Callier effect

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The Callier effect is the variation in contrast of images produced by a photographic film with different manners of illumination. It should not be confused with the variation in sharpness which also is due differences partial coherence.

The directed bright-field (see Fig. 1) has extremely strong directional characteristics by means of a point source and an optical system (condenser); in this case, each point of the photographic film receives light from only one direction.

Figure 1. Directed bright-field

On the other hand, in a diffused bright-field setup (see Fig. 2) the illumination of the film is provided through a translucent slab (diffuser), and each point of the film receives light from all the directions.

Figure 2. Diffused-bright-field

The collimation of the illumination plays a fundamental role in contrast of the image impressed on a film.[1]

In case of high scattering fraction, the attenuance provided by the image particles changes considerably with the degree of collimation of the illumination. In Figure 3 the same silver-based film is reproduced in directed and diffused bright-field setups. The global contrast also changes: the contrast on the left is much stronger than that on the right.

Figure 3. Images of the same silver-based film acquired in directed and diffused bright-field setups

In the absence of scattering, the attenuance provided by the emulsion is independent of the collimation of the illumination; a dense point absorbs a big portion of light and a less dense point absorbs a smaller portion, irrespective of the directional characteristics of the incident light. In Figure 4 are reported the images of a dye-based film acquired in directed and diffused bright-field setups; the global contrast of the two images is about the same.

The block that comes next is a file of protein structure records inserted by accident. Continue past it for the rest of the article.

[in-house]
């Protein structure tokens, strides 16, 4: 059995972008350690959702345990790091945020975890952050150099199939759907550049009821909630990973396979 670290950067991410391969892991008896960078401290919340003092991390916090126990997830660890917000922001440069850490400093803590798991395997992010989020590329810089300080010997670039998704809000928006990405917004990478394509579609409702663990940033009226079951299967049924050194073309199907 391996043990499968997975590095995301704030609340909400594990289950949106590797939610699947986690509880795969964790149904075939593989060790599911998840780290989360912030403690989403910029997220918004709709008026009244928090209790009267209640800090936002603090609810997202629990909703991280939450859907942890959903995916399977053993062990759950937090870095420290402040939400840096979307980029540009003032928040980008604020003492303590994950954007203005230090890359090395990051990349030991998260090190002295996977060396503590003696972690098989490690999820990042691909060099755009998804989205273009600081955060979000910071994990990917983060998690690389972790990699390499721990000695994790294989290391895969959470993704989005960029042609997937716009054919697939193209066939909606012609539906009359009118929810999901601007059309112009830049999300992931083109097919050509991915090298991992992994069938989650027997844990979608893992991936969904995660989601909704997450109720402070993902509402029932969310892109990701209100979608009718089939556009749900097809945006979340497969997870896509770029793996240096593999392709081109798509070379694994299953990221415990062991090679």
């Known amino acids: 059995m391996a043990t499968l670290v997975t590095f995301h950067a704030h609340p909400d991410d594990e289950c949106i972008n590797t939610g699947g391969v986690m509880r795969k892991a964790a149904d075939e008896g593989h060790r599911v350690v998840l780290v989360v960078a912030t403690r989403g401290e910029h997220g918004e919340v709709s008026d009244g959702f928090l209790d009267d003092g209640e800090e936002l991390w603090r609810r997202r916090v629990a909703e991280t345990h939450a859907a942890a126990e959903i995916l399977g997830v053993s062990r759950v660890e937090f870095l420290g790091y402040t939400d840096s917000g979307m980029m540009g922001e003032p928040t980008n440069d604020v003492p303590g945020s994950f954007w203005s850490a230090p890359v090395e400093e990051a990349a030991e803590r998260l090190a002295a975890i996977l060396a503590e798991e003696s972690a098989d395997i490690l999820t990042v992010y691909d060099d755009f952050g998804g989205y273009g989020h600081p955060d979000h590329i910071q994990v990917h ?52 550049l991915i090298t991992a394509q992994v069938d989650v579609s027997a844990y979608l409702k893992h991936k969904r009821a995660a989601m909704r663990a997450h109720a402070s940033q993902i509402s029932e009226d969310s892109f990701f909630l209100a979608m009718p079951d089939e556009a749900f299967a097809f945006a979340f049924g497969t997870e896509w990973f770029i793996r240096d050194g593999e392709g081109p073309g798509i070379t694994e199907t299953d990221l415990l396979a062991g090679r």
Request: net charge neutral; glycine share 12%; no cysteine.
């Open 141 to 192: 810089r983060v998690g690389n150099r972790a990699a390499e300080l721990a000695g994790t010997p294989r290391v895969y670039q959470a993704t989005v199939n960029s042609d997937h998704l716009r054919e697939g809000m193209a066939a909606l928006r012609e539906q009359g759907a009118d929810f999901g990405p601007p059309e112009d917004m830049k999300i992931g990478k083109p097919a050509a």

Figure 4. Images of the same dye-based film acquired in directed and diffused bright-field setups

The ratio between the attenuances provided by a specific point of a photographic film, which were measured in directed (Ddir) and diffused (Ddif) bright-fields, is termed the Callier Q factor:

The Callier Q factor is always equal to or greater than unity; its trend versus the diffusely measured density Ddif is depicted in Figure 5 for a typical silver-based film.[2]

Figure 5: Callier Q factorversus diffuse density for a silver-based film.
These variations (for example with a condenser or a diffuser enlarger) were observed over a long period of time,[3] and they became known as ‘Callier effect’.

The correct optical explanation of the Callier effect had to wait until the 1978 papers of Chavel and Loewenthal.[4]


  1. ^ C. Tuttle. 1926. The relationship between diffuse and specular density. J. Opt. Soc. Am. 12, 6 (1926), 559–565.
  2. ^ J. G. Streiffert. 1947. Callier Q of various motion picture emulsions. J. Soc. Mot. Pict. Engrs. 49, 6 (December 1947), 506–522.
  3. ^ A. Callier. 1909. Absorption and scatter of light by photographic negatives. J. Phot. 33 (1909).
  4. ^ P. Chavel, S. Lowenthal. 1978. Noise and coherence in optical image processing. I. The Callier effect and its influence on image contrast. JOSA, Vol. 68, Issue 5, pp. 559-568